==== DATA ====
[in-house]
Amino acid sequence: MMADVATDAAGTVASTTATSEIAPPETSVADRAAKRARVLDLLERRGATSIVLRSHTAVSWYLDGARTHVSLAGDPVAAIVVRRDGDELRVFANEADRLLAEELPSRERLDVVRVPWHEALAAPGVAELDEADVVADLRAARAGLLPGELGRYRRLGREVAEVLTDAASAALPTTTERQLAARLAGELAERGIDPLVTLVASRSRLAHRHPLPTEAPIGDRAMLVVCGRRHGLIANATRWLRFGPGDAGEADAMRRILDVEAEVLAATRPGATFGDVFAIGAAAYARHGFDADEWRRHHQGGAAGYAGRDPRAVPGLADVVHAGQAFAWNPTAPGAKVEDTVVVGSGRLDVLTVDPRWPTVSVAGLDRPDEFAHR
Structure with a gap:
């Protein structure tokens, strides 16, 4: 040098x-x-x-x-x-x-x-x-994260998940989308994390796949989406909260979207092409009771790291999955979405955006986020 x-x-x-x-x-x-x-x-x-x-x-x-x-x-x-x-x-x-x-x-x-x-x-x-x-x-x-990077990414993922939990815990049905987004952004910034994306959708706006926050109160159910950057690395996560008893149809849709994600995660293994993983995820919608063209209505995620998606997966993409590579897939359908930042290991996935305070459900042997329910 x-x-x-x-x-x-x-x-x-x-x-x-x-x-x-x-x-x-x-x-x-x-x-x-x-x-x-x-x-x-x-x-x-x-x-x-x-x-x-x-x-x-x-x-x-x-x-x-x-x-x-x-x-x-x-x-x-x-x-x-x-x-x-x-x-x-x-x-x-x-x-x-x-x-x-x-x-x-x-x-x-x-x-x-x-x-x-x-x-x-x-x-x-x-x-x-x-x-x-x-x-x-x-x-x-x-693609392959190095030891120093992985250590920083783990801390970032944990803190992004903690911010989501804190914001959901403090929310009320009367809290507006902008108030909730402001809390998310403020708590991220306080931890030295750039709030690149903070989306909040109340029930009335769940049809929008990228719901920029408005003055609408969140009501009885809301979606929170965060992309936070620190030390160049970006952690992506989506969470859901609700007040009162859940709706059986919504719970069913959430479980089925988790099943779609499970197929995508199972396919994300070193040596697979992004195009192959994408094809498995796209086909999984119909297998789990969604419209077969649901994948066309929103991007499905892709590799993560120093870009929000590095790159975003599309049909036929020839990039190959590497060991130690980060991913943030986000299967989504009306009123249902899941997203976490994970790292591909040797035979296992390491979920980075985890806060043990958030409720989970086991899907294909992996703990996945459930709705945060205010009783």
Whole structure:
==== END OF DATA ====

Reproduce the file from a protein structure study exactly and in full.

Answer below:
[in-house]
Amino acid sequence: MMADVATDAAGTVASTTATSEIAPPETSVADRAAKRARVLDLLERRGATSIVLRSHTAVSWYLDGARTHVSLAGDPVAAIVVRRDGDELRVFANEADRLLAEELPSRERLDVVRVPWHEALAAPGVAELDEADVVADLRAARAGLLPGELGRYRRLGREVAEVLTDAASAALPTTTERQLAARLAGELAERGIDPLVTLVASRSRLAHRHPLPTEAPIGDRAMLVVCGRRHGLIANATRWLRFGPGDAGEADAMRRILDVEAEVLAATRPGATFGDVFAIGAAAYARHGFDADEWRRHHQGGAAGYAGRDPRAVPGLADVVHAGQAFAWNPTAPGAKVEDTVVVGSGRLDVLTVDPRWPTVSVAGLDRPDEFAHR
Structure with a gap:
């Protein structure tokens, strides 16, 4: 040098x-x-x-x-x-x-x-x-994260998940989308994390796949989406909260979207092409009771790291999955979405955006986020 x-x-x-x-x-x-x-x-x-x-x-x-x-x-x-x-x-x-x-x-x-x-x-x-x-x-x-990077990414993922939990815990049905987004952004910034994306959708706006926050109160159910950057690395996560008893149809849709994600995660293994993983995820919608063209209505995620998606997966993409590579897939359908930042290991996935305070459900042997329910 x-x-x-x-x-x-x-x-x-x-x-x-x-x-x-x-x-x-x-x-x-x-x-x-x-x-x-x-x-x-x-x-x-x-x-x-x-x-x-x-x-x-x-x-x-x-x-x-x-x-x-x-x-x-x-x-x-x-x-x-x-x-x-x-x-x-x-x-x-x-x-x-x-x-x-x-x-x-x-x-x-x-x-x-x-x-x-x-x-x-x-x-x-x-x-x-x-x-x-x-x-x-x-x-x-x-693609392959190095030891120093992985250590920083783990801390970032944990803190992004903690911010989501804190914001959901403090929310009320009367809290507006902008108030909730402001809390998310403020708590991220306080931890030295750039709030690149903070989306909040109340029930009335769940049809929008990228719901920029408005003055609408969140009501009885809301979606929170965060992309936070620190030390160049970006952690992506989506969470859901609700007040009162859940709706059986919504719970069913959430479980089925988790099943779609499970197929995508199972396919994300070193040596697979992004195009192959994408094809498995796209086909999984119909297998789990969604419209077969649901994948066309929103991007499905892709590799993560120093870009929000590095790159975003599309049909036929020839990039190959590497060991130690980060991913943030986000299967989504009306009123249902899941997203976490994970790292591909040797035979296992390491979920980075985890806060043990958030409720989970086991899907294909992996703990996945459930709705945060205010009783």
Whole structure: